For cam nelson, a new assistant professor of art history at the University of Colorado Boulder who is comfortable with both she/her and they/them pronouns, it’s important that their work, rather than their persona, take center stage. Inspired by the late bell hooks, an American author and social activist, nelson chooses to have her name spelled in all lowercase letters. They describe writing in typical Roman case format as “announcing oneself” and writing in lowercase as “whispering.” The choice could be seen as a reflection of nelson’s personality—understated yet compelling—but also committed to their work.
Lara Mashayekh speaks with artist Albert Chong and scholar Marci Kwon about the role of the archive and mysticism, their lived experiences as professionals in the art world, and their forthcoming endeavors.
In 1996, Dr. George Rivera, Professor of Art in the Department of Art and Art History at the University of Colorado Boulder founded the Artnauts with the help of Dennis Dalton (professor University of Colorado Pueblo, Beth Krensky (professor University of Utah) Garrison Roots, and Luis Valdovino (professors University of Colorado Boulder). The group has captured the attention of thousands of artists, community members, and art critics both nationally and internationally.
There are so many details and components in architecture, and the challenge is distilling everything down into just the essentials, while keeping it beautiful and expressive. That's where I'm an eternal optimist, there's so much creativity and opportunity to learn and adapt, within every project and also within a career in the arts.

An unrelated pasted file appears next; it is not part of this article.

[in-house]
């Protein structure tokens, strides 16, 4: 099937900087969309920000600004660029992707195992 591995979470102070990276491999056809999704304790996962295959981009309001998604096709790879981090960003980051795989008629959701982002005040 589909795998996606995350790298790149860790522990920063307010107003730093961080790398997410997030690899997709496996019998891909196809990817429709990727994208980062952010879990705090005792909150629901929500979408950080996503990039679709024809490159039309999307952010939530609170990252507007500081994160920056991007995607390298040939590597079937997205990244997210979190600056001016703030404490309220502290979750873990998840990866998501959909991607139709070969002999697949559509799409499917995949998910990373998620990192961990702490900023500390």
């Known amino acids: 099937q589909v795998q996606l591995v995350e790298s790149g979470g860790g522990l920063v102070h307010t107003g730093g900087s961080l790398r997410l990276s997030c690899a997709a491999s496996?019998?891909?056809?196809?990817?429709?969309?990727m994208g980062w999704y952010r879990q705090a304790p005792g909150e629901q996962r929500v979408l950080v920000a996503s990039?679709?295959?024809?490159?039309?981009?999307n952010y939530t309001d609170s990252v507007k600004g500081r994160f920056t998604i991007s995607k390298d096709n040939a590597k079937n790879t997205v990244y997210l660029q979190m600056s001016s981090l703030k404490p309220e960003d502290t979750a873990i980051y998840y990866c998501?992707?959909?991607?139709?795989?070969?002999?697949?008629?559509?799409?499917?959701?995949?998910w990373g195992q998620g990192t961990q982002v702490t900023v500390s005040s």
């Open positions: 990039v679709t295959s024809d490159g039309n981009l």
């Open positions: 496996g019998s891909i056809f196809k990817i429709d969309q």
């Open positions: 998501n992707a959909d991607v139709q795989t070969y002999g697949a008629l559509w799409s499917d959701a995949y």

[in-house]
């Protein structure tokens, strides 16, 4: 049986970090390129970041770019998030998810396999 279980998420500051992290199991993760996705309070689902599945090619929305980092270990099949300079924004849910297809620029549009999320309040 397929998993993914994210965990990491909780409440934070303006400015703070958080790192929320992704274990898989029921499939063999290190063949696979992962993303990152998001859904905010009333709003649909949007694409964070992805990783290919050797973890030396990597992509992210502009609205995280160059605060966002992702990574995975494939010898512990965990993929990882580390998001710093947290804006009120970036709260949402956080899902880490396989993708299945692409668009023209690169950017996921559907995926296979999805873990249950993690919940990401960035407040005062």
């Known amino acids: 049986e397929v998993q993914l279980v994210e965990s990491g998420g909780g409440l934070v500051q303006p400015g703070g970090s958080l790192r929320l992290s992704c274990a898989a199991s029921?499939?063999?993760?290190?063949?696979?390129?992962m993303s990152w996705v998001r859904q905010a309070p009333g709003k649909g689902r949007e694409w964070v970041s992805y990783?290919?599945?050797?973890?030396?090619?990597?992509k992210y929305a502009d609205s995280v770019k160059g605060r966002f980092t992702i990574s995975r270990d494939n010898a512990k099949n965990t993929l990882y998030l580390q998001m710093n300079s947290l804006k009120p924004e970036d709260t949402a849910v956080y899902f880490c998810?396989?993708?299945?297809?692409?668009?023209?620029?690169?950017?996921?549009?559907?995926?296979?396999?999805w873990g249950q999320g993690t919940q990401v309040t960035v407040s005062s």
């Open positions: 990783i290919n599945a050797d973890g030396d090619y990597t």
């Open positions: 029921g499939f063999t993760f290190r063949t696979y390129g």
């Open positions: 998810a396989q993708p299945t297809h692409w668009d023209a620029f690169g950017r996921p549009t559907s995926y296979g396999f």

"Working in art adjacent professions and places can be very interesting and fulfilling. Not only a great opportunity for artists but it also enables organizations to start thinking more creatively too.”
“Recognitions can come in many forms, from a simple smile to a museum acquisition,” said Ellsworth. “It is an acknowledgment that the intrinsic value of an art object is not the price, but the process. Recognitions acknowledge a maker’s motivations. While the object supports the ego, the process supports the soul.”
When you were in high school science class, was one of your lead instructors a sculptor? Maybe, but you probably didn’t know about it. Working with teaching artists is one way CU Science Discovery approached its recent ‘Forests and Fire’ field course held at Cal-wood Education Center, located near Jamestown. The course was part of CU Science Discovery’s efforts to foster STEM engagement and career exploration among Colorado high school students.
"For over 30 years, the artist has been making work that speaks to American history — ambiguous, open-ended, existentially observant. At a time in which the fundamentals of fact and fiction are being questioned, his art captures the truth of a culture in decline." Written by Megan O'Grady, Assistant Professor of Critical and Curatorial Studies for the New York Times Style Magazine.
At a time when the basic power structures of the art world are being questioned, collectives and individuals are fighting against the very institutions funding and displaying their work. Article written by Megan O'Grady, Assistant Professor of Critical and Curatorial Studies.